Mary Ward (1827-1869) was born into to a renowned scientific family in Co. Offaly, Ireland, she was educated at home with her sisters and by the age of three had developed a penchant for collecting bugs. These insects became the subject of study for Mary, and with the help of a magnifying glass she began meticulously drawing and reproducing their details. By a stroke of luck, astronomer James South discovered the drawings, and was so impressed with her talent that he persuaded her father to invest in a microscope.

Owning her own microscope allowed her to transform her love of insects into full-blown, self-taught microscopy. She spent her time reading everything she could get her hands on regarding the subject, and became so skilled that her knowledge surpassed that of most experts. Over the years she wrote a series of books, of which A World of Wonders Revealed by the Microscope (1858) was reprinted eight times. It became a go-to student text in the field of microscopy, which considering her sex, is truly representative of her talent.

Further distinctions include her work as an illustrator for scientific publications, and her significant status as one of just three female recipients of the Royal Astronomical Society's newsletter (of the other two women, one was Queen Victoria).

True to her love of scale, this pattern blends late-Georgian silhouettes with over-sized insects; an entomologist's dream.
Visit Grow House Grow.

20 September 2010

There is Light on Earth.

Poverty is big business, and it's really quite amazing how designers have managed to put a gloss over the whole affair and market poverty as a pet project for the rest of us not in the majority. Artemide's new campaign features light sculptures by some of the world's top designers throwing light onto evocative portraits of some of the heroes in the world of aid and political turbulance.

It's a very catchy idea. Now if only the people with the most money had a bit more taste (see Inside the world's mos opulent private jets.), this campaign might just be more then just a very clever gimmick selling light fittings.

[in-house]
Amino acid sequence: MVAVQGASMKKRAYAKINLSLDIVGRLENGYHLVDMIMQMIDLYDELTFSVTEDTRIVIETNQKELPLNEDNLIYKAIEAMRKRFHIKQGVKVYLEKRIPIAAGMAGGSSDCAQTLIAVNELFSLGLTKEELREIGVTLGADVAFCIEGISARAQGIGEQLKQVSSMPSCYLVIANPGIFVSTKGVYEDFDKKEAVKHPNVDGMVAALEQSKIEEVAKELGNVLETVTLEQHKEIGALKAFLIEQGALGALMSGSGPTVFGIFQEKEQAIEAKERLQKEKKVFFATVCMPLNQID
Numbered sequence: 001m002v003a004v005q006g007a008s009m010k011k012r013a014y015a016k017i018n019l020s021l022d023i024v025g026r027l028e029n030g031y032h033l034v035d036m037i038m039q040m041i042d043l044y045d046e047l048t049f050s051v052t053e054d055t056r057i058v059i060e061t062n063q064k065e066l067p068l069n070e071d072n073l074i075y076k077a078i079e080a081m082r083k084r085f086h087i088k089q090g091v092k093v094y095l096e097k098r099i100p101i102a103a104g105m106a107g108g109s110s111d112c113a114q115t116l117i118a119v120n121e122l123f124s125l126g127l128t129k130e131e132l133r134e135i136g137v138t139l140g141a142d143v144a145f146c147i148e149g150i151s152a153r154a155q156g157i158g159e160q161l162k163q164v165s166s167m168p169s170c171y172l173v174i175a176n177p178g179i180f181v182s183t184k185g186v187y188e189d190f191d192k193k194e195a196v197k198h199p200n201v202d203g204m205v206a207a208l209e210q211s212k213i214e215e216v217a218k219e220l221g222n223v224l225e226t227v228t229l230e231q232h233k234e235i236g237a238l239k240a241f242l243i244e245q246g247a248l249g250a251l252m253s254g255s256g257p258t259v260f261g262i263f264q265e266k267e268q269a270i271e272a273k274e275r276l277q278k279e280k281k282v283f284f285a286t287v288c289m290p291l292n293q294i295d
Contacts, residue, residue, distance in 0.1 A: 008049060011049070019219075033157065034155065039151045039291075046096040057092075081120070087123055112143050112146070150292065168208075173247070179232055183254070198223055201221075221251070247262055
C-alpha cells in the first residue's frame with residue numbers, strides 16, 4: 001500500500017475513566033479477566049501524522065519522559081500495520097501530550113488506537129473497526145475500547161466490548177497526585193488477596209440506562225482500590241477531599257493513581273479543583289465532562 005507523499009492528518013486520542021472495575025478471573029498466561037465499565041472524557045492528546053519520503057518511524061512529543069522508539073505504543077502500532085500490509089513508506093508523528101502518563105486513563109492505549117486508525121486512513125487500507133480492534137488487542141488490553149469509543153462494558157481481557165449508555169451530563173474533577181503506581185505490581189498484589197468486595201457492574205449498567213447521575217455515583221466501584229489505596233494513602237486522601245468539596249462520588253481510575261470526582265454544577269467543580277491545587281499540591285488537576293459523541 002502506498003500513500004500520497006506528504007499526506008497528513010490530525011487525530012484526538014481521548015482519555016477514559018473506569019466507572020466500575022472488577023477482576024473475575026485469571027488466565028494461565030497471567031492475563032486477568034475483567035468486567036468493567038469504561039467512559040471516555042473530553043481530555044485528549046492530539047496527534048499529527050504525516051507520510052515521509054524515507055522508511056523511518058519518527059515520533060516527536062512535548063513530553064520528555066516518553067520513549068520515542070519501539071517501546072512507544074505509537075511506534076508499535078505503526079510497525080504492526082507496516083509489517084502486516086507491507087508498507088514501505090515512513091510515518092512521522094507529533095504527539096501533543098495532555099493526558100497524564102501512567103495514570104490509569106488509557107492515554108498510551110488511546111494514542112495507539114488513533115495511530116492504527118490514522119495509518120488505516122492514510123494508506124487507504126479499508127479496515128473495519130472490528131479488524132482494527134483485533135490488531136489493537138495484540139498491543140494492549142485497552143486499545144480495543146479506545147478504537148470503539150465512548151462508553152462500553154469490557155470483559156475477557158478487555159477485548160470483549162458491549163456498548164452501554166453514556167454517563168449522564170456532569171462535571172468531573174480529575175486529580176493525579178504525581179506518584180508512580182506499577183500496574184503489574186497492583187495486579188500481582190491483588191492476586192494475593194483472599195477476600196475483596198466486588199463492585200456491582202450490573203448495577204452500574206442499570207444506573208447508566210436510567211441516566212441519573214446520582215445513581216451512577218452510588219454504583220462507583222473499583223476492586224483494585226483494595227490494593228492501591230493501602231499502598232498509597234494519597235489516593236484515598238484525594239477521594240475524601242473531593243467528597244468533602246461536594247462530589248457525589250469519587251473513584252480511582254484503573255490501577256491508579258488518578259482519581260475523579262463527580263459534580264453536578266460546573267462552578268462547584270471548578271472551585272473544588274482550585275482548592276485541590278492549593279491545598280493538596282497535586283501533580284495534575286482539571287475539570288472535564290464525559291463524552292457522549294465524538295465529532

19 September 2010

Generous Gesture

While digging around for awesome fonts, I came across Generous Gesture. Another one of those fair trade outfits that provide decent work and decent pay for the underprivileged in Bangladesh. I'm skeptical as to how much these women are paid for every €129 shawl is sold, but they are very beautiful. I particularly like how the letters are stiched on. They would be a lot better though, if there were a wider variety of fonts to choose from.

16 September 2010

Natural Media.

Gosh, am I so behind the curve? I noticed while cycling to the gym a few days ago an imprint on the pavement advertising the location of the Gemeente Museum. These imprints are very popular in Holland, and are done by a company called Green Graffiti.

It's genius isn't it. You don't ever have to pay for advertising space, it's natural and oh-so-playful. Reminds me of that Art Attack show I used to watch when I was a kid where the guy goes out into nature and makes a really, really big piece of art with random materials. Like salt, sand, chipwood, etc.

The work at Curb is pretty amazing. There's something beautiful about taking such precise forms and implementing them in nature.

15 September 2010

Interactive Magazines.

I saw this today.

It might not look like much in terms of the differences between the layouts of magazines form print to digital, but one day we'll look back at those mag archives and wonder at how stale the experience had been before these arrived.

The magazines I regularly read are New Scientist, Wallpaper and the Economist. I think particularly for mags whoes sole function is to instill material desire (like Wallpaper) e-readers are fantastic. You get to see the glam in 3-D, like in The Elements, for the iPad. I can't help but wish such things were around while I was still studying high school science. For visual thinkers, words and static images just don't cut it. Digital animation can get to the point faster and clearer. As for political magazines, linking to interactive infographics can get the point across so much better, cross referencing alot easier.

I also have a particular love for Sci-Fi and Fantasy. I know it's great that because books usually don't have pictures in them, you're compelled into imagining your own. But sometimes, it's just nice to have pictures, and e-readers can link to the best fan art out there. Why not?